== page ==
"Fisking the DEA," The Agitator blog, May 15, 2005.

"Punishing Pain," by John Tierney. New York Times, July 19, 2005.

"Drug Cops and Doctors" (pdf), a Cato Institute conference featuring Linda Paey's account of her husband's case.

Take a Hike or Go Jump in the Lake?

Dismissing single payer universal health care (which he supports) as politically unfeasable now, Kristoff takes a common sense, no-brainer approach to improving the health of Americans -- starting immediately. I don't disagree with his suggestion to promote healthier life styles and eating habits.

But I do object to his easy dismissal of major health care reform -- which is so desperately needed NOW. In his future columns, I hope Kristoff will look for creative ways to inspire Congress to pass meaningful, universal health care for all Americans.

The people who have no health coverage and need it now can't wait until the politics are right. They and their families are suffering and dying now.

Suggesting that they eat carrots instead of french fries and take a nice jog around the block--when they are facing major illnesses and chronic diseases, operations they can't afford, and treatments they can't access without health coverage -- is laughable at best and an insult to be sure -- likely to inspire an angry "go jump in the lake," or "take a flying leap," -- or worse -- response.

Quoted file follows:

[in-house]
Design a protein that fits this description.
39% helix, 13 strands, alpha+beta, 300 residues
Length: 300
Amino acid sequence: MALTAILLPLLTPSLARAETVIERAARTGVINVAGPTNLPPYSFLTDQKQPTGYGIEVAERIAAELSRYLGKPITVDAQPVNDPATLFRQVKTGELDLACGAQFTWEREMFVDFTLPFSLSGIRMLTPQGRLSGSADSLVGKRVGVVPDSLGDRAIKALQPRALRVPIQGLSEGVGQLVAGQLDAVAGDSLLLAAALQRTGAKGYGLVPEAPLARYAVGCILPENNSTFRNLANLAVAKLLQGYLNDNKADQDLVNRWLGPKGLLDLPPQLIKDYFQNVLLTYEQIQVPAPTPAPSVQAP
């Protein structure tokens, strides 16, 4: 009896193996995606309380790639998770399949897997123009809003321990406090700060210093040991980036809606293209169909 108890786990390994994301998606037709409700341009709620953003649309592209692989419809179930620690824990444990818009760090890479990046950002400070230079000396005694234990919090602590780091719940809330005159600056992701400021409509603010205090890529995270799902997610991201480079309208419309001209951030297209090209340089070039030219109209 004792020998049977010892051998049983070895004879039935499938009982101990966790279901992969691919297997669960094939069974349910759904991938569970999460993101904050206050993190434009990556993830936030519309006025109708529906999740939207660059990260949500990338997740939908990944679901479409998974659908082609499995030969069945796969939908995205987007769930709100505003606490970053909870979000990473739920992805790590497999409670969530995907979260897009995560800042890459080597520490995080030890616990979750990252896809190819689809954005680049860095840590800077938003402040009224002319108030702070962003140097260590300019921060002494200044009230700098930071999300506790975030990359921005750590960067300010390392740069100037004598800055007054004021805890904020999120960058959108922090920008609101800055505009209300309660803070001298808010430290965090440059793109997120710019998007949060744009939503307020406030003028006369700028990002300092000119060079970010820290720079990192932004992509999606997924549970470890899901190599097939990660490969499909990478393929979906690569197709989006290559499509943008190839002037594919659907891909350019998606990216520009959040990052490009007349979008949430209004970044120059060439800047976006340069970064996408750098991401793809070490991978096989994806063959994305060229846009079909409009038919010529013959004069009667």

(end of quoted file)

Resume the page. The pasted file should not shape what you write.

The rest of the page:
Would you blame them?

Take a Hike
By Nicholas D. Kristof
The New York Times
First, a quiz: What "vegetable" do American infants and toddlers eat most?

Weep, for it's the French fry. A major study conducted by Gerber found that up to one-third of young children don't eat any vegetable daily, but that the French fry is the single most common one they do consume. And among children age 19 months to 24 months, 20 percent eat French fries at least once a day.

President Bush is slated to discuss health care in his State of the Union address tonight. It's about time: it's scandalous that babies born in the United States are less likely to survive their first year than babies born in Slovenia. But the solutions to the health crisis lie less in reorganizing medical treatment than in improving public health — such as steering kids away from French fries.

Think of two of the biggest breakthroughs in improving Americans' health over the last generation or two. They had nothing to do with doctors, but arose from higher cigarette taxes and other efforts to discourage smoking, and from compulsory seatbelts and improvements in auto safety.

So what can we do? In my last column, I praised Gov. Mike Huckabee of Arkansas for leading a series of initiatives to confront obesity and lack of exercise. Health experts suggest a variety of others (a book by Tom Farley and Deborah Cohen published last year, "Prescription for a Healthy Nation," offers excellent ideas). Building on them, here are my suggestions:

Ban soda, potato chips and other unhealthy snacks from American schools, and discourage them in the workplace. It's unforgivable that our schools help to send children on the road to diabetes. Obesity kills far more Americans than heroin does.

Sell cigarettes only in pharmacies and raise cigarette taxes. Smoking still kills 440,000 Americans a year, including 50,000 nonsmokers. One study found that raising the federal excise tax on cigarettes by 75 cents a pack would generate $13.1 billion in additional revenue per year and cut youth smoking by 13 percent and adult smoking by 3 percent, saving 1.2 million lives. Let's do it.